A new gibbon

Samuel Turvey

A new species of gibbon was recently discovered in the forests of Gaoligongshan, southwest China: the Skywalker hoolock gibbonIn the last of a three part blog, Dr Samuel Turvey, Senior Research Fellow at ZSL’s Institute of Zoology, explains how scientists discovered the Skywalker was a new species.

Scientists have known about the existence of a population of gibbons in Gaoligongshan, the mountainous region of southwestern Yunnan Province in China, for a century. However, these animals were always thought to be a population of the eastern hoolock gibbon, which was also known to live east of the Chindwin River in Myanmar. Gaoligongshan’s gibbons were apparently part of a more widely distributed species, so while important for local Chinese biodiversity, they were supposedly nothing unique.

Adult female Skywalker Hoolock tianxing gibbon
Adult female Skywalker Hoolock gibbon in Gaoligongshan, China

Surprisingly often, though, we scientists don’t know the full story about the status of a particular population of animals. There is a huge global diversity of species – around 5,500 mammal species alone – with relatively few researchers available to specialise on them, and with many species found in remote areas of the world that can be difficult to reach because of geography or politics.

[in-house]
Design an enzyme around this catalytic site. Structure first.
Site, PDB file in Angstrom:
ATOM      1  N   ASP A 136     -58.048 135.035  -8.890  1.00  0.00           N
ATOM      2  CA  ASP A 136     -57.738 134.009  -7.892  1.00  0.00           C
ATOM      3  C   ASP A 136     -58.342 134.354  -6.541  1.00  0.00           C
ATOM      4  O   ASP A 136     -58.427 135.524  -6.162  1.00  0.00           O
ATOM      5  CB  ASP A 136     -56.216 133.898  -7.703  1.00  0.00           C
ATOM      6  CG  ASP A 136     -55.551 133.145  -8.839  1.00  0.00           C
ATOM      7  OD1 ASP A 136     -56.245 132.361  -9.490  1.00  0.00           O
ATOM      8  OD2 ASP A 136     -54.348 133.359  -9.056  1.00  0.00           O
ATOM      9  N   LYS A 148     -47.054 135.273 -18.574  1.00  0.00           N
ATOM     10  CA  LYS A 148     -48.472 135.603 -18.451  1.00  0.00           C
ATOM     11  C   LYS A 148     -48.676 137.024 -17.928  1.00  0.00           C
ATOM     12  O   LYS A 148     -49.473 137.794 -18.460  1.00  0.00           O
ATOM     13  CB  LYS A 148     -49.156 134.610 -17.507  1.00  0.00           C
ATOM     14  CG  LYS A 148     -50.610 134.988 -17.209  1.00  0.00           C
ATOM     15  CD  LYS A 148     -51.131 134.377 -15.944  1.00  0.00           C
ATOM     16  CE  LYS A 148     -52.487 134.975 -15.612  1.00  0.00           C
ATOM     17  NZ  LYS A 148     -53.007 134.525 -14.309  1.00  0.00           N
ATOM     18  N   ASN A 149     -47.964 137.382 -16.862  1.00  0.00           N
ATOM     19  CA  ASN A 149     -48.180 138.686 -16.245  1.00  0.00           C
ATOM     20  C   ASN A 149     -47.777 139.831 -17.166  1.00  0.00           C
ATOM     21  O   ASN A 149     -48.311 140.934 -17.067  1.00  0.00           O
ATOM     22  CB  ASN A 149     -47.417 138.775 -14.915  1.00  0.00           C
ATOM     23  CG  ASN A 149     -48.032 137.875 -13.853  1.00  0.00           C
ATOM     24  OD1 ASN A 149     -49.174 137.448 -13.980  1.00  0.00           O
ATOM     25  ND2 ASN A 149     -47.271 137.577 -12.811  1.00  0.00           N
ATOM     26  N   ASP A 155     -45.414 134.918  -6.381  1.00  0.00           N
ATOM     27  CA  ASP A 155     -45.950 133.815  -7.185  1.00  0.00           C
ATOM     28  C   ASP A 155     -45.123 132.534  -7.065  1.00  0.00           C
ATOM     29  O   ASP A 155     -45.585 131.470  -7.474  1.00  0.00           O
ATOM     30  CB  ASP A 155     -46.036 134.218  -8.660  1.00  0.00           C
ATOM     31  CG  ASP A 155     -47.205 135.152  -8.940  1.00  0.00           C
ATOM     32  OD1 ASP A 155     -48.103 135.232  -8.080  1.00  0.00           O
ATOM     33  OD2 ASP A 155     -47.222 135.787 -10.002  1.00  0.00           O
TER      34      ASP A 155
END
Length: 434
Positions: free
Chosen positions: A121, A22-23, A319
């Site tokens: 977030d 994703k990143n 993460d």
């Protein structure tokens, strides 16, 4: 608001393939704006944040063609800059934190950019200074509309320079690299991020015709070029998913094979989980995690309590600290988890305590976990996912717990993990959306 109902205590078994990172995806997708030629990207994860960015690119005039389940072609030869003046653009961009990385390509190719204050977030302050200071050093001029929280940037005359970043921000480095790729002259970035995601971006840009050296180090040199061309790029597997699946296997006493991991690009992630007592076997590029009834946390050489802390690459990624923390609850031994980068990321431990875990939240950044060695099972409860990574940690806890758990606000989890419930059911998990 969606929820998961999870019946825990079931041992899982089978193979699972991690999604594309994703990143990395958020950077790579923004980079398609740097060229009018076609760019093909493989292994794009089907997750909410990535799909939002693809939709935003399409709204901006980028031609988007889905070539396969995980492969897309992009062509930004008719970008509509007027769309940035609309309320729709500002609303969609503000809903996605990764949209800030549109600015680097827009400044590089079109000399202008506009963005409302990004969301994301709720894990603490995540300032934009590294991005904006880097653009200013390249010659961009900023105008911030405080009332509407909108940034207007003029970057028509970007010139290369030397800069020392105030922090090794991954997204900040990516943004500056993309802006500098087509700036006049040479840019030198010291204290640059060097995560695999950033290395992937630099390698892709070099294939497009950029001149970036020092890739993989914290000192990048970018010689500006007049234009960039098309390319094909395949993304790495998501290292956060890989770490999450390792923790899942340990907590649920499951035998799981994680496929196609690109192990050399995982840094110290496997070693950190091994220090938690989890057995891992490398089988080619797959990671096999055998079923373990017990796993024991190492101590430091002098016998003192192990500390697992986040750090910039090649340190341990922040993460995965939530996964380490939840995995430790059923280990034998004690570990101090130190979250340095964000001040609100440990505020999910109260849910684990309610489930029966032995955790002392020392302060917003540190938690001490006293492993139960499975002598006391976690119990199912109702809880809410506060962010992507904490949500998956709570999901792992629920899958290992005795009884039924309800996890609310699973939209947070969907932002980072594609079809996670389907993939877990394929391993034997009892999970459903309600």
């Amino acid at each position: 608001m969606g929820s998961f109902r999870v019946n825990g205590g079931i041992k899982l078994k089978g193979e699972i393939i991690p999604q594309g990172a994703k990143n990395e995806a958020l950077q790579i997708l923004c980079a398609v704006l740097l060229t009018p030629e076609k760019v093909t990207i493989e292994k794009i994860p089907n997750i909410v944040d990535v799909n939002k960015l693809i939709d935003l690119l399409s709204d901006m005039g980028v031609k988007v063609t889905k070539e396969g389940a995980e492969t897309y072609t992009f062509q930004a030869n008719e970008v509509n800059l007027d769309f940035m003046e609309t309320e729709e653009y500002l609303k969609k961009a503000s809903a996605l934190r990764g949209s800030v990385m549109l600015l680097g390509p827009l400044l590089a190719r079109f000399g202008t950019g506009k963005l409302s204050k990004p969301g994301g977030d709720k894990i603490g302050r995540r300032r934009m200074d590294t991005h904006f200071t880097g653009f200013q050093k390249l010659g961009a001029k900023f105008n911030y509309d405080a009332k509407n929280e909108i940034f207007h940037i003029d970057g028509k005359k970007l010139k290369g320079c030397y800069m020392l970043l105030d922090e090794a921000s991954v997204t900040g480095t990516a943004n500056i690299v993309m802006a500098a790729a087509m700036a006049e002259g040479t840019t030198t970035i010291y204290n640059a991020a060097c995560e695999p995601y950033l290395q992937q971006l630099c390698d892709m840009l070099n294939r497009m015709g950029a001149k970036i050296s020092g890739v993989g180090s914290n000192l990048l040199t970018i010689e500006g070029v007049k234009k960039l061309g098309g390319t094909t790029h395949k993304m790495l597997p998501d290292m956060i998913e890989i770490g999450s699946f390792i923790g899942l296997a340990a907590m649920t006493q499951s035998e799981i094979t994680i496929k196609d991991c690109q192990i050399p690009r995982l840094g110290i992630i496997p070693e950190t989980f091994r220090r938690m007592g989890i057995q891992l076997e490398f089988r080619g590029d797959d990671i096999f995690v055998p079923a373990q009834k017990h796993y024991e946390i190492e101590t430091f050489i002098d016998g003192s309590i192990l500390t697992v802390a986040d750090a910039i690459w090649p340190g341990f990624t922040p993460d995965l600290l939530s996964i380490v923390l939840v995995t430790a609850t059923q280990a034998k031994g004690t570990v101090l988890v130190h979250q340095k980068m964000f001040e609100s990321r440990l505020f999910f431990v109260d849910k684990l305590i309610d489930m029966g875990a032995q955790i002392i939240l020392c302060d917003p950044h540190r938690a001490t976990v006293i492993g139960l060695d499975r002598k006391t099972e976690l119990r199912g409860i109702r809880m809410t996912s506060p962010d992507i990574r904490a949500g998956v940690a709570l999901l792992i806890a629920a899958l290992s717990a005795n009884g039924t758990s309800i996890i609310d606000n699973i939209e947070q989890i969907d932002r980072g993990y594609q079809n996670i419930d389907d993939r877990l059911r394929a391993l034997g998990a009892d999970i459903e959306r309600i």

Gaoligongshan is one such place. The methods used by scientists to define the levels of variation within species, the differences between species – and even what we think of as a “species” – have also changed over time. Together, these factors help to make science such an exciting discipline, as there is always something new to learn about the evolution and diversity of life – and meaning that there is always a chance that you could become the first person to discover a new species.

Although gibbons have long been known to exist in southwestern Yunnan, the population in Gaoligongshan has been the focus of little previous research. A couple of specimens were collected by a visiting American museum expedition in the early twentieth century, where they languished largely forgotten in a museum drawer.